The worst advice ever on digital publishing
Many persons have read my column and have come to me for advice. Some are relevant and others, well, let me just say are questionable, and I wonder where they obtained or heard the information in the first place. But as we say, there are no stupid questions, but this article will address some ridiculous or some of the worst advice that you may have been given at one time or another. The list below is just a few from the top of my mind but I am sure there is more. Feel free to reach out so that others can benefit from the response in future articles.
1. Self-publishing means you can do it yourself. It's easy
Yes, self-publishing, by the very use of the term, is self-explanatory and means you can publish yourself. If you know what you are doing! If you just wrote a book and feel that you can take the next step to publish that book yourself, you should think twice, and I refer to both traditional and digital or self-publishing. It's not that you wouldn't be able to figure it out over time, but what you don't want is to waste time or make mistakes that you would have to catch up on or that will cost you in the short or long run. I have always advised potential clients to seek professional help like myself or someone out there who can provide the guidance, support, and implementation you need. I have seen the work done by those who call themselves professionals when clients contracted someone else, and I wonder if they really are thinking about the client. It is clear that they don't, or else some of the things I see wouldn't take place. Be that as it may, do your due diligence and don't feel that saving a buck here and there will get you what you really want. As the saying goes, 'Penny wise, pound foolish'. Just a final note, that once you self-publish, you are really the publisher and not the name of the contracted help you would have sought. It also means that as a self-publisher, you did not go the traditional route of going through a publishing house to publish your book and wait for two years to see if or when it will be accepted and/or published.
2. You don't have to pay to get professional help
Also true. You don't, but as I mentioned above, you get what you pay for. If you have the time to learn and do it yourself, then go right ahead. It won't cost you a cent, but it will cost you time. Then again, time is money; so it's a catch-22 situation. If you do seek professional help, be prepared to pay for it. There are many resources available. It's just to find the right fit. Many persons have come to me for the simple reason that I respond quickly, maintain professionalism, involve them in the process and always consider all options to give them the best results. The final decision is yours based on what you want and the results you would like to achieve.
3. Once you're published sales will happen automatically
This is the biggest lie of them all! There is no such thing as this. If no one knows of your product, no one will know it is up for sale and hence no 'chi ching'! Most authors feel that publishing equals sales. No! Publishing means converting your edited manuscript into a tangible physical product such as a printed book or digital format, such as an ebook or audiobook and then placed on a book shelf, store shelf, or virtual shelf, such as Amazon, Kobo, Lulu, Barnes and Noble, and so on. Sales involve marketing and promotion to increase awareness and visibility that will encourage, entice and generate interest in creating sales and revenue. So, once your book is converted into those formats and published, there is no automatic generation of sales. Without intense and consistent marketing and promotions, no sales will occur for you.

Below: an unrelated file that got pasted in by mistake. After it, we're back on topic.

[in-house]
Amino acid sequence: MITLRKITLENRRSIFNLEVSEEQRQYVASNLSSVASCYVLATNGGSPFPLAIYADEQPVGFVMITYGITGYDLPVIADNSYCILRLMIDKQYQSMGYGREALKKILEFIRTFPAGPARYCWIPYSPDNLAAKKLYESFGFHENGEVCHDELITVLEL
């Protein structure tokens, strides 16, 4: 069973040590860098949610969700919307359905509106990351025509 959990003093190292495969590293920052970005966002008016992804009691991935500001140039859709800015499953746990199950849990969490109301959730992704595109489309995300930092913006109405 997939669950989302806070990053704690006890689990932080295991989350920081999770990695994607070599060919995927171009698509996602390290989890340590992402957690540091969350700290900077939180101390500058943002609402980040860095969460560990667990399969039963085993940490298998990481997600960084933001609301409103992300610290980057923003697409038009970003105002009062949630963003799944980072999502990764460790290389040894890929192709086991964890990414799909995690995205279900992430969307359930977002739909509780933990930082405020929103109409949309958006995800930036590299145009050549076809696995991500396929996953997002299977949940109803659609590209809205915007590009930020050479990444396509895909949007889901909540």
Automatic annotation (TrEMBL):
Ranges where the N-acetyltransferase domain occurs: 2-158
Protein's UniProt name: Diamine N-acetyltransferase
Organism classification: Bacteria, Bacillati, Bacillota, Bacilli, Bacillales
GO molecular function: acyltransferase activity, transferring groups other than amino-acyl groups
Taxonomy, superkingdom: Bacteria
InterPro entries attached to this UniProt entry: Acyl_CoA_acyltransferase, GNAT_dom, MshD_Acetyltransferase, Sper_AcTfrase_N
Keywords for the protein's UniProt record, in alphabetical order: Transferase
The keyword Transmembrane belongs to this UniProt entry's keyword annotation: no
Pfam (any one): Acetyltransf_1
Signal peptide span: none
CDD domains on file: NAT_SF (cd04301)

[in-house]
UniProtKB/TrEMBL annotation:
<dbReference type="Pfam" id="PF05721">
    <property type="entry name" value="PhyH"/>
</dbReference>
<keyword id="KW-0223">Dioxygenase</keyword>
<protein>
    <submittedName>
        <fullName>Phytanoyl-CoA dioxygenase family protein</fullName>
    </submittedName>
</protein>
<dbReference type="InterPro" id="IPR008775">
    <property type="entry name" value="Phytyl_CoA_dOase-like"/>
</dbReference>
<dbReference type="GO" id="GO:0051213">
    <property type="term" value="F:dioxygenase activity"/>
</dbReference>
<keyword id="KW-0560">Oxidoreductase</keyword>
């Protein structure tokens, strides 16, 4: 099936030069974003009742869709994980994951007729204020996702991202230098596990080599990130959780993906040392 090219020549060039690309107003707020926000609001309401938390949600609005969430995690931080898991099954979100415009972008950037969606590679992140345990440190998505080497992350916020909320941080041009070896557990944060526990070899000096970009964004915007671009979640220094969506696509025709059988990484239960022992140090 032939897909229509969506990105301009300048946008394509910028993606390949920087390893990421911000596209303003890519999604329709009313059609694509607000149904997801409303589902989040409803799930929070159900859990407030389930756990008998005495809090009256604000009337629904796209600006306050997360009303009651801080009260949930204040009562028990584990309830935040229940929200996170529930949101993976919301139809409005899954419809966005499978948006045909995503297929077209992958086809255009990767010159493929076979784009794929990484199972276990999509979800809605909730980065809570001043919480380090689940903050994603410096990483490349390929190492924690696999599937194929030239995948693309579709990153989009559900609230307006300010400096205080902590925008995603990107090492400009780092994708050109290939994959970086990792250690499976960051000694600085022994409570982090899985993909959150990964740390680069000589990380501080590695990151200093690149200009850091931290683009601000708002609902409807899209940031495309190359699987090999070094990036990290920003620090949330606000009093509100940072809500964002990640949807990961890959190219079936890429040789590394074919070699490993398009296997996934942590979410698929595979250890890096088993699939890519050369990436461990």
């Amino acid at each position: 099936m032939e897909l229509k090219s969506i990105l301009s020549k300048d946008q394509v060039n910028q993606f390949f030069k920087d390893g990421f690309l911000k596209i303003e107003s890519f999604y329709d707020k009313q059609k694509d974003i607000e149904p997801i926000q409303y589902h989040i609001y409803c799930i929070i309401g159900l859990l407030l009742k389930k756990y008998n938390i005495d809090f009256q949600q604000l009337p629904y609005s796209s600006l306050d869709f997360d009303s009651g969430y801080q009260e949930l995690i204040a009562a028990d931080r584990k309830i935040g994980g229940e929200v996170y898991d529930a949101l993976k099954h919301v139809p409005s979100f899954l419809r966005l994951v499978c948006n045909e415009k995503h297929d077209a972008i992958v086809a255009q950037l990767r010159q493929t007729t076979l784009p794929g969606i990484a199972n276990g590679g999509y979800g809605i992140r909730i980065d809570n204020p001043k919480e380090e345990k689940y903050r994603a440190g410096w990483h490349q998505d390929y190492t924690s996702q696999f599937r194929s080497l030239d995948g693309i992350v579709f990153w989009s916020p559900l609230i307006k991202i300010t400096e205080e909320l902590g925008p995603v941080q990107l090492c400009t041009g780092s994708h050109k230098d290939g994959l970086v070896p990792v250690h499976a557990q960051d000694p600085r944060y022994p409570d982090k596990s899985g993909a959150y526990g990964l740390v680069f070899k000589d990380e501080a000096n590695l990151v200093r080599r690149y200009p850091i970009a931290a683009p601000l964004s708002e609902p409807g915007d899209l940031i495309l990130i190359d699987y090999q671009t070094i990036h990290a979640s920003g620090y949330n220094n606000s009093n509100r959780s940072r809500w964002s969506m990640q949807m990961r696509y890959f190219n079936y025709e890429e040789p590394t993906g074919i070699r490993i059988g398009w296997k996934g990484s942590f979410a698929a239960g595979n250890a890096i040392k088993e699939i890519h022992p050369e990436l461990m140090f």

4. Use this software to generate your ebooks. It's free
This is one to make the list of worst advice. I have tested out some of those 'free' software and they mess up your ebooks. Not everything that's free is good, so be careful with this one.
5. You have to buy ISBNs
No, you don't. I wrote a lengthy article on this some time ago. These are offered free to online publishers, and should you buy these from the National Library or other source, it won't be usable online. This is normally one of the last things to seek out, but seem to be one of the first things authors look to buy. There is no rush; so wait. Publishing is a process, and once you have the right person guiding you, you would avoid spending money in the wrong places.
6. I don't need print books. Print is out of date, irrelevant or will be out of circulation
Oh wow! This one is a biggie for me too. Some authors feel that just because online is the in thing these days, that there is no need for publishing printed books. Yes, there may be a growing demand for ebooks, but there is still a demand for printed books. I know I am still one of those who love printed books. I love having a copy in my hand, flipping through the pages, making notes, highlighting and, yes, even smelling the pages. I will tell you something. I truly believe that there will come a time when having a printed copy of a book will become such a novelty and status that everyone will want to have one and a library to show off to their friends and family. If you really want to know if someone is growing professionally and personally, go to their homes and see if they have a library that is growing over time with books. Those are the people you should be hanging closely with.
• Corine La Font is a speaker, author, coach and self-publishing consultant. She is also an award-winning publishing resource in the 2013 Small Business Book Awards. Get a copy of her book at http://amzn.to/TFHQka, Subscribe to her magazine at http://bit.ly/1IDj7pQ tune in to her radio programmes at http://www.blogtalkradio.com/helpdeskja and http://www.blogtalkradio.com/youtripping. Check out her website at http://www.helpdeskja.com. She can be reached at firstname.lastname@example.org.